How do you understand things more deeply? Reading and experimenting are both good things to try. Read documentation, code, blog posts, bug reports - read anything that improves your mental model of the system. Experimenting can teach you all kinds of interesting things that you might never learn by just reading. The voltage across two wires might be too low, or the function might return an error when you don’t expect it. Call functions in a REPL or short script to see what they do.
Writing down an explanation of your current understanding is a great technique. It gives you a reference to use years later when you’ve forgotten all the details. More importantly, it will help you get the problem solved by forcing your brain to process the details in a more careful order. Seeing the words on a page can also help reveal questions you haven’t asked yet.
Collect facts that you’ve discovered to be true, even if you don’t know yet how they are useful.
Incorrect assumptions can be the difference between a problem that’s solvable and one that is impossible. Checking your assumptions is especially important when debugging.
If you think a piece of code didn’t run, it’s important to confirm that it actually didn’t before you go trying to find the reason it didn’t run. You won’t get anywhere trying to fix a problem that isn’t there.
It’s really easy to not notice what assumptions you are making. When you feel like you are getting stuck, take some time to step back from the problem and ask yourself what you’re assuming. Testing those assumptions is never a waste of time. Either you prove that you were right (and now you know more facts), or you realize your assumption was wrong and this saves you from continuing further down the wrong path.
Finding alternate angles
This is almost the opposite of trying to understand the situation more deeply. When trying to solve a difficult problem, it’s possible to get too focused on going deep into one detail. You can miss the fact that there’s another way to solve the problem that doesn’t even involve the detail you are staring at.
This is a good step to take when you already have the problem completely loaded into your head and the direct approach to solving the problem hasn’t succeeded. Take a step back from the problem and do something else for a while. Take a walk, write an email, whatever. Your mind will keep working on it in the background. When you come back to it later, it might be much easier to see different ways of looking at the problem.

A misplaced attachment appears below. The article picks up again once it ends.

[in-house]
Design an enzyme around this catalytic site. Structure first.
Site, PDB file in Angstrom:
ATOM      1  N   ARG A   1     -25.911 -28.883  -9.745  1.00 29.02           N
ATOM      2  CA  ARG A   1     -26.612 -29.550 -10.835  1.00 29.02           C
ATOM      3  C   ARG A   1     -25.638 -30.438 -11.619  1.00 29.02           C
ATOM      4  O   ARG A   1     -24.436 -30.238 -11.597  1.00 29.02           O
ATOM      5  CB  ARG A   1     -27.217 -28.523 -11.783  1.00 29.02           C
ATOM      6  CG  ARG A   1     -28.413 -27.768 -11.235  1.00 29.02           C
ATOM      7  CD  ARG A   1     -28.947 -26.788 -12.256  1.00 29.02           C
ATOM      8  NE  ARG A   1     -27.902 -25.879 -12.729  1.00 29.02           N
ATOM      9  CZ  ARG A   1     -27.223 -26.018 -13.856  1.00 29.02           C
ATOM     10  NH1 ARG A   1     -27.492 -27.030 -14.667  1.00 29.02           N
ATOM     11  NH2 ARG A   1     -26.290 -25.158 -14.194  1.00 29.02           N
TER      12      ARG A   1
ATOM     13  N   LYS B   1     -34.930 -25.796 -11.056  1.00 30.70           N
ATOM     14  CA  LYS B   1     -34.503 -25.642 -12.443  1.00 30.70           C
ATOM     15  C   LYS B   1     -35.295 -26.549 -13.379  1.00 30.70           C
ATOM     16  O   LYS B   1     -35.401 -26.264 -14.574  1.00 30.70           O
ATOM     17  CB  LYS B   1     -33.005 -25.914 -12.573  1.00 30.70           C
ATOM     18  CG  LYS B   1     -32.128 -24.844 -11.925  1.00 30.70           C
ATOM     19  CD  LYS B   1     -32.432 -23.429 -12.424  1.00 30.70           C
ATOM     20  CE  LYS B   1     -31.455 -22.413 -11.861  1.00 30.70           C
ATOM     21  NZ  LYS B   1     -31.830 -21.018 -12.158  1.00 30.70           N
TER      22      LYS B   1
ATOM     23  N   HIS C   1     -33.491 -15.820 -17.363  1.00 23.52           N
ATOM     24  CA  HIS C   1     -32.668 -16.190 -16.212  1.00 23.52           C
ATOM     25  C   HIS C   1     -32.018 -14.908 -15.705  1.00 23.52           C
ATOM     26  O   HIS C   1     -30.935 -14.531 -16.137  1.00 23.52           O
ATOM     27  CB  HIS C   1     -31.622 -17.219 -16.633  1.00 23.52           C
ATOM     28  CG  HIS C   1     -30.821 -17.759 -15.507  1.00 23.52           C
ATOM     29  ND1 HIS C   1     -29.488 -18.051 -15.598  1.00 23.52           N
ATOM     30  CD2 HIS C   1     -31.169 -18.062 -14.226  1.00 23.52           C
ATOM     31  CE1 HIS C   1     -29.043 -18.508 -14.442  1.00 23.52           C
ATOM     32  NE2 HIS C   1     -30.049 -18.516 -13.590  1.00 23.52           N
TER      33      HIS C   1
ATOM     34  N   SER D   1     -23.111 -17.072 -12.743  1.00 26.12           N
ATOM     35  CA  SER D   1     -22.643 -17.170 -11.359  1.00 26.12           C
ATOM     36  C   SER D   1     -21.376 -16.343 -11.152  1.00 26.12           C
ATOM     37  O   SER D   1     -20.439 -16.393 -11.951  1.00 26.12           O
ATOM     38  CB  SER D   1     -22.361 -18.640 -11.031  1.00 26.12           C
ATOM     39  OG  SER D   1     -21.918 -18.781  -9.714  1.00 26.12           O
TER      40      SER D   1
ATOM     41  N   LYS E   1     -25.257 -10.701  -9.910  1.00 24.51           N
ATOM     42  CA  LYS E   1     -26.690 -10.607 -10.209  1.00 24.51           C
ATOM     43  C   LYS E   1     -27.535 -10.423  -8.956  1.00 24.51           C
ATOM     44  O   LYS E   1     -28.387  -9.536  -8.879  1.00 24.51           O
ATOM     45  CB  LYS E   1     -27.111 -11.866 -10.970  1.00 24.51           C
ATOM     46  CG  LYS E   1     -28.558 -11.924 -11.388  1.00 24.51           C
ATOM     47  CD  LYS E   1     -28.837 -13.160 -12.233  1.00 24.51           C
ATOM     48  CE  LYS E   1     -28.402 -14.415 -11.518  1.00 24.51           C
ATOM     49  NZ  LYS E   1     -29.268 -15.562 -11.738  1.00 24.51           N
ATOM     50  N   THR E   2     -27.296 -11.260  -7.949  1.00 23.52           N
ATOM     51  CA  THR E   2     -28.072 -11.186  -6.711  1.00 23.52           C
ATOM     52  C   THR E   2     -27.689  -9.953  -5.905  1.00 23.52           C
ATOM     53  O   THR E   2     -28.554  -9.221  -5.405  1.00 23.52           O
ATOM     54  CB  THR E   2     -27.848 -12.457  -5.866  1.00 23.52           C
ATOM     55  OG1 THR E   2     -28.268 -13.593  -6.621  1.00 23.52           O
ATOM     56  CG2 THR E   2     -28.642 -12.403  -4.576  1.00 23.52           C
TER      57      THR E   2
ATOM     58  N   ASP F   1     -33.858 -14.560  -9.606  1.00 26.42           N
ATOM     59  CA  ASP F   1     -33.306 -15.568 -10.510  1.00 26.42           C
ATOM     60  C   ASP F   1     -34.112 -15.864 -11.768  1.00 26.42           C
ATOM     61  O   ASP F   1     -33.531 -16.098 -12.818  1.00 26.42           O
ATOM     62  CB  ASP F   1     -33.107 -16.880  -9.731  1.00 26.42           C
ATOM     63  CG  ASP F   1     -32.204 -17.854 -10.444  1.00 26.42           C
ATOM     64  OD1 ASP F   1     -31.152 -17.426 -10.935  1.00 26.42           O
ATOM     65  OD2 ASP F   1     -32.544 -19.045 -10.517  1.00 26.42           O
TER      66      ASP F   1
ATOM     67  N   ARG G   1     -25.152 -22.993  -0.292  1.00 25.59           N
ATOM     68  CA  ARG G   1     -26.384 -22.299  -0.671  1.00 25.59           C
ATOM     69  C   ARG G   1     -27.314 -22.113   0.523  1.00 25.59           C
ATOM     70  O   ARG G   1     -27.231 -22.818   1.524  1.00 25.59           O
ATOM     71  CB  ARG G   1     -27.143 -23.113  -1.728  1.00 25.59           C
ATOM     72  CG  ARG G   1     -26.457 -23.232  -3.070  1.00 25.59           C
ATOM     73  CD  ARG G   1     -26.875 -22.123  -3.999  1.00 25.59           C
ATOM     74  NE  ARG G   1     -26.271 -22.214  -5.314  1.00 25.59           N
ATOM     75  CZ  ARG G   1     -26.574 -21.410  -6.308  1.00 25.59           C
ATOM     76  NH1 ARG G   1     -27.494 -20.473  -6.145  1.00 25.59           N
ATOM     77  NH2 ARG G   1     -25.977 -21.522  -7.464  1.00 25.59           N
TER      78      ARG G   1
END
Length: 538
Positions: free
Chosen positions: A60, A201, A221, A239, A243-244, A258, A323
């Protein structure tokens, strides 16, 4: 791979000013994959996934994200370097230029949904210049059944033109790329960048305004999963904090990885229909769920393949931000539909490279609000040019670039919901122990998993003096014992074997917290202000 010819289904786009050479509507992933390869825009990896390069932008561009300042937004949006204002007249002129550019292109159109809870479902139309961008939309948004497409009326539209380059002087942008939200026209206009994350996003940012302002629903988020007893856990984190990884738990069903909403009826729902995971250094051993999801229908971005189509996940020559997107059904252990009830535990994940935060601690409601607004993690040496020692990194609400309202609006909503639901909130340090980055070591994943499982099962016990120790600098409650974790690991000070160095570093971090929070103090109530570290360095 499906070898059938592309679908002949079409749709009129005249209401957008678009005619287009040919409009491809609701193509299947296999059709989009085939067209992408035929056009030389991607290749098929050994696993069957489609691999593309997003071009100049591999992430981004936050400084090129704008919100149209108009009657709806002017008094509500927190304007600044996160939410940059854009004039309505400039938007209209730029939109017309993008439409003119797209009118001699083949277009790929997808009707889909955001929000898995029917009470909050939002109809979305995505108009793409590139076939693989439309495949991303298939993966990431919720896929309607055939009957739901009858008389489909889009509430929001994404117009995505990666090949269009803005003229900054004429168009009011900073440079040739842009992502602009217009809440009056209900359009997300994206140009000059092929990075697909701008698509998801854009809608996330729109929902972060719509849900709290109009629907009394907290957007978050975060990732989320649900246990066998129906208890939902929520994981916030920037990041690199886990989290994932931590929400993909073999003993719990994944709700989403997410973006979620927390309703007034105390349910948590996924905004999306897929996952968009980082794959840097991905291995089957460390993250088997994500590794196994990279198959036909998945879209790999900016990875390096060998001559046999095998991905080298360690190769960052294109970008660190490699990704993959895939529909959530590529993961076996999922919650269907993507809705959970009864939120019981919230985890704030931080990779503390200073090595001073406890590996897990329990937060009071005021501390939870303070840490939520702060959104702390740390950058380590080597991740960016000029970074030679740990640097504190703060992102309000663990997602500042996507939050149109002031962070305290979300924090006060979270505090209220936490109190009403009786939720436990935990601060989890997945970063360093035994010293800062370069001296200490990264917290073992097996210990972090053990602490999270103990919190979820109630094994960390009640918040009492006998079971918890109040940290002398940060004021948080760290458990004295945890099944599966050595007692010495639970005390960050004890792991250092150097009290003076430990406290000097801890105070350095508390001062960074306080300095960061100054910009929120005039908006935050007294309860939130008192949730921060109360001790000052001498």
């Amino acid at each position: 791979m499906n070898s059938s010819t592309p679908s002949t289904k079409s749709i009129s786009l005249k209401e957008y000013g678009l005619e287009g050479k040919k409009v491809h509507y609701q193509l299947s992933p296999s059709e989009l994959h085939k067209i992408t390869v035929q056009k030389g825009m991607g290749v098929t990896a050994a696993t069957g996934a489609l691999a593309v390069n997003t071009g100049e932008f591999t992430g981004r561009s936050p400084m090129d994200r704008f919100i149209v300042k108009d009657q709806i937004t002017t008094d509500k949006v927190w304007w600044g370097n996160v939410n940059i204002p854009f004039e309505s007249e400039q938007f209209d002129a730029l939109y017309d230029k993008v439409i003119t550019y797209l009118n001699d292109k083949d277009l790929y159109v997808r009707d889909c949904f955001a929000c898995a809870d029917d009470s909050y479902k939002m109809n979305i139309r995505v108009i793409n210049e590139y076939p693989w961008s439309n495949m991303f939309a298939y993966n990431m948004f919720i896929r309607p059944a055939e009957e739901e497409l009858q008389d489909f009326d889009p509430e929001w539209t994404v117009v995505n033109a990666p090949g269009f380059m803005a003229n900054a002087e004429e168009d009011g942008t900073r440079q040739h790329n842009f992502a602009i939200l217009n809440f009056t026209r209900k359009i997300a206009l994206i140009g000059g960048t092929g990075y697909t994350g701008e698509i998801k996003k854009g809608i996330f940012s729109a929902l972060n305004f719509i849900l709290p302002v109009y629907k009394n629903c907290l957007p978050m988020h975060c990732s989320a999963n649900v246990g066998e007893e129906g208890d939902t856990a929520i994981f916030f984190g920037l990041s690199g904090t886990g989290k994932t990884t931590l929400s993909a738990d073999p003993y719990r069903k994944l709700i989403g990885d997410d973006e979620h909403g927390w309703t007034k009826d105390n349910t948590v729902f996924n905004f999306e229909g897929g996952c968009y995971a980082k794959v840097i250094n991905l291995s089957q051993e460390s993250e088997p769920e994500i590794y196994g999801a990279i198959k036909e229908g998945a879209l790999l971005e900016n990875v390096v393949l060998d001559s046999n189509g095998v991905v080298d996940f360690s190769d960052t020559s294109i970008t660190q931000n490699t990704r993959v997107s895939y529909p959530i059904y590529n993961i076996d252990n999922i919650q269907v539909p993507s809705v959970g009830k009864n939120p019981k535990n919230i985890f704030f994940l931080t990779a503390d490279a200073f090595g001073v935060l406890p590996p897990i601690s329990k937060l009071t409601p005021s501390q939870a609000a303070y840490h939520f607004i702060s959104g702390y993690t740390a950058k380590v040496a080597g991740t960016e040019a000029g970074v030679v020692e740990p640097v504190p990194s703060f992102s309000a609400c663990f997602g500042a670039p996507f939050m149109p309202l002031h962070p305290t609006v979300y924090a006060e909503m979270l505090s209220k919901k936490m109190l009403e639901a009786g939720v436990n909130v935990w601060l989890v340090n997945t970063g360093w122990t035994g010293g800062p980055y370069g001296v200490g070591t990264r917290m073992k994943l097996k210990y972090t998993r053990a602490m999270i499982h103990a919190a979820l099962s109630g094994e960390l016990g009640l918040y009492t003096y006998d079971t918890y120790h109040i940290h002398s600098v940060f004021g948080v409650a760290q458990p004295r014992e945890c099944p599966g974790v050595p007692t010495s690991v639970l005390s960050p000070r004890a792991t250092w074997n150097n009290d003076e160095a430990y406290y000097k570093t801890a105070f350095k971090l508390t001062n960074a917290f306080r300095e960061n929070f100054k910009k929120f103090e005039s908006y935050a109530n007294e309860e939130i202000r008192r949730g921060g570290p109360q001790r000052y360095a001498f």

“Rubber ducking” - the process of talking through a problem out loud, explaining it to someone even if no one but a rubber duck is there listening - is a great way to find things you’ve missed, avenues you haven’t tried yet, or assumptions you can question.
For example, you might ask yourself if there is a way to improve the system that leads to the problem instead of fixing the problem itself. If water is coming into a boat, you can either work on bailing it out (fixing the problem) or patch the hole that’s letting water in (fix the system leading to the problem). When a system is causing a problem, sometimes no amount of effort attacking the problem itself will do more than temporarily fix the issue. As long as the system is unchanged, the problem will just come back. I recommend reading the book Thinking in Systems: A Primer to learn more about this.
Solving a new kind of problem for the first time is hard. Solving a second problem of that kind might be just as hard. But over time, solving a kind of problem will become easier. When someone solves a problem much more easily than you, it’s probably because they have solved many similar problems before. Raw intelligence is a poor match for experience.
It’s really useful to watch how people with experience go about solving problems. What questions do they ask? What do they look at? What do they try first? What do they filter out as irrelevant?
I’ve found it useful to ask myself what someone I know who is an expert would do if they were faced with this problem.
Sometimes, the best way to solve a problem is to just keep working on it. Even if you don’t see any line of attack, continue to roll the problem over in your head. You might be surprised what new insights you get if you just let the problem stew for a while.
If a problem was easy to solve, it would probably have been solved already. Don’t be discouraged when a problem feels difficult to solve. That’s what problems are supposed to feel like! Agree with yourself that you’ll keep investing units of effort (pages read, theories tried, minutes spent writing) regardless of whether they feel like they are helping.
Go solve problems
Remember that solving problems requires a mix of thinking and taking action. Don’t get stuck doing just one or the other. You have to both build and test your mental models. Writing things down will improve your thinking. Persistence is important, but sometimes the right way to persist is to take a step back and let your brain chew on it for a while.
I hope this is useful the next time you come across a problem to solve.